Should a Single Mother Of a 7-Year-Old Child Get Rid Of Her Land Line?

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My sister recently posed the question on Facebook and was deluged with opinions from both sides of the fence. Arguments came flying at her to keep or ditch the landline, particularly centered around the pros and cons as a mother of a 7-year-old child. The cost savings would not be trivial, especially considering the duplicity of paying for both a landline and cellular service, but there were other factors to consider whether cutting the landline really made the most sense...

Cutting the land line would trim somewhere around $600 from my sister's annual expenses. But some friends and family argued via Facebook that connectivity and connection quality of landline alternatives like the Magic Jack or other inexpensive landline replacements were not as dependable as an old fashioned landline connection.

The argument was VOIP and cellular options were unstable and unreliable. VoIP services like Vonage and Skype rely on both a reliable internet connection and electrical power, both of which could easily go out during an emergency (or all the time, depending on where you live and who your providers are). Cell phones require a charge and a steady signal to make a call. Corded telephones on the other hand receive their power through the phone line and usually would work when the electrical grid is out during an emergency.

But how many households still use a corded telephone any longer? Sure, the suggestion to keep a single corded phone in the home for emergencies seems pre-cautiously prudent, but in small apartments where phone jacks are sparse and space is a premium, the extra phone seems a tough sell.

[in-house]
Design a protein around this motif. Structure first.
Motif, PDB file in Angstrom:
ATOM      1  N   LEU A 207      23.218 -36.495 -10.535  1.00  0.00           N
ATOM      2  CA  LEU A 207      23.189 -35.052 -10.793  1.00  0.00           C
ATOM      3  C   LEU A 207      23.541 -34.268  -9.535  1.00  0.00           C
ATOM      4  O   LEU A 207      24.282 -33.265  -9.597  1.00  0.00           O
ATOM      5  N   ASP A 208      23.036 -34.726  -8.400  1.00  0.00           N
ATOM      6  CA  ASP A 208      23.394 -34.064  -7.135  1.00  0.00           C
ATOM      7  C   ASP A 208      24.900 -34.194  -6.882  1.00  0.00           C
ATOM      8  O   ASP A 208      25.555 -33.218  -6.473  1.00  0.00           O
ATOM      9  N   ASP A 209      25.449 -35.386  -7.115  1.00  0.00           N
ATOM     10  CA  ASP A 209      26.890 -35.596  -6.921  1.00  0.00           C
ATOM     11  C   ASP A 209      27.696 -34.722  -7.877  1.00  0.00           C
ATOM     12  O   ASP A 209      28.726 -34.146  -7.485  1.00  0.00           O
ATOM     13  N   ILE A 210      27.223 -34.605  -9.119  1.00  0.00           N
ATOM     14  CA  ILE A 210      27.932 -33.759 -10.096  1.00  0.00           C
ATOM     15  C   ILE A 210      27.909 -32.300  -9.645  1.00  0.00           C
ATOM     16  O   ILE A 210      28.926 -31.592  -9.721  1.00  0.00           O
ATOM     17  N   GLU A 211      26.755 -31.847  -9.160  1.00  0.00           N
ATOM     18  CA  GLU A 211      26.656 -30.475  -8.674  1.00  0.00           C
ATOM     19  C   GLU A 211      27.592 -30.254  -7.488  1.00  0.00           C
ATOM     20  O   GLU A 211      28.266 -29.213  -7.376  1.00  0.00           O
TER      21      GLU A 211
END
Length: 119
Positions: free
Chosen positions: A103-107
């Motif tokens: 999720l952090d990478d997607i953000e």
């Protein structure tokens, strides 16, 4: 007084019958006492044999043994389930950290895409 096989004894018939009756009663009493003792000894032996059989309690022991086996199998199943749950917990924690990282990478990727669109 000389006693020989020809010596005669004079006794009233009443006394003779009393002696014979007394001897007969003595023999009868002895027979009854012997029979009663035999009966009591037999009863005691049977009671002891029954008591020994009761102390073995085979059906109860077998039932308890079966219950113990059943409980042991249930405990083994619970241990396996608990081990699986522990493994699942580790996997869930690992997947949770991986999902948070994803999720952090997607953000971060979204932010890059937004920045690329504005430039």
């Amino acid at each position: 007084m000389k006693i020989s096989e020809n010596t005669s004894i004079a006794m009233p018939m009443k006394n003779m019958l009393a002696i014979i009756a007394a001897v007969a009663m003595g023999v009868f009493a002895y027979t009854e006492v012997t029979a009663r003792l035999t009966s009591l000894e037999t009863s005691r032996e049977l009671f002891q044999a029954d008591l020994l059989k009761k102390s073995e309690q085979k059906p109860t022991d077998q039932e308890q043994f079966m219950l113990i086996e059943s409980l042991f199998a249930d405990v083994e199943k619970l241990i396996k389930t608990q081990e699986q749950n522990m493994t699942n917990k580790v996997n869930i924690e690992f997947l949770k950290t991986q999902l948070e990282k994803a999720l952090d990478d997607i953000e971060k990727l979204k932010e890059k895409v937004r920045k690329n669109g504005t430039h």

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For the elderly and young children, ease of use can be an arguable concern. Some amongst the senior demographic still steer away from hi-tech gadgetry with complex user interfaces, making a land line the preferrable option. While this may be true for any given segment of the population, young or old, there are many simple feature cell phones available for easier emergency dialing easier.

In my sister's case, her 7-year-old is fully capable of using a cellphone (go ahead and try prying Nimble Quest away from him). Her child is never home alone, so he always has an adult nearby knowing of his whereabouts. Neighbors were notified in advance so in case of an emergency, she could call upon their aid instead of just depending upon a phone.

Speaking of emergencies, our guide to 911 emergency calls in a modern wireless world explains the truth and tips on how to handle emergencies from a cell phone. These and other cheap pay-as-you-go cell phones were recommended by my sister's friends to keep on hand for my nephew to access in case of an emergency.

So is it safe to get rid of a landline with a child in the home? My sister has come to the conclusion cutting the land line will be fine for both her and her son, and I tend to agree. But everyone has a different story, where geographic location, signal strength, and even local community support can factor in, so one should evaluate their own needs carefully.

We'd love to hear our readers weigh in - let us know your thoughts and what you've done as well!

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(Image credits: Jorge Casais / Shutterstock; Belinda Pretorius / Shutterstock)

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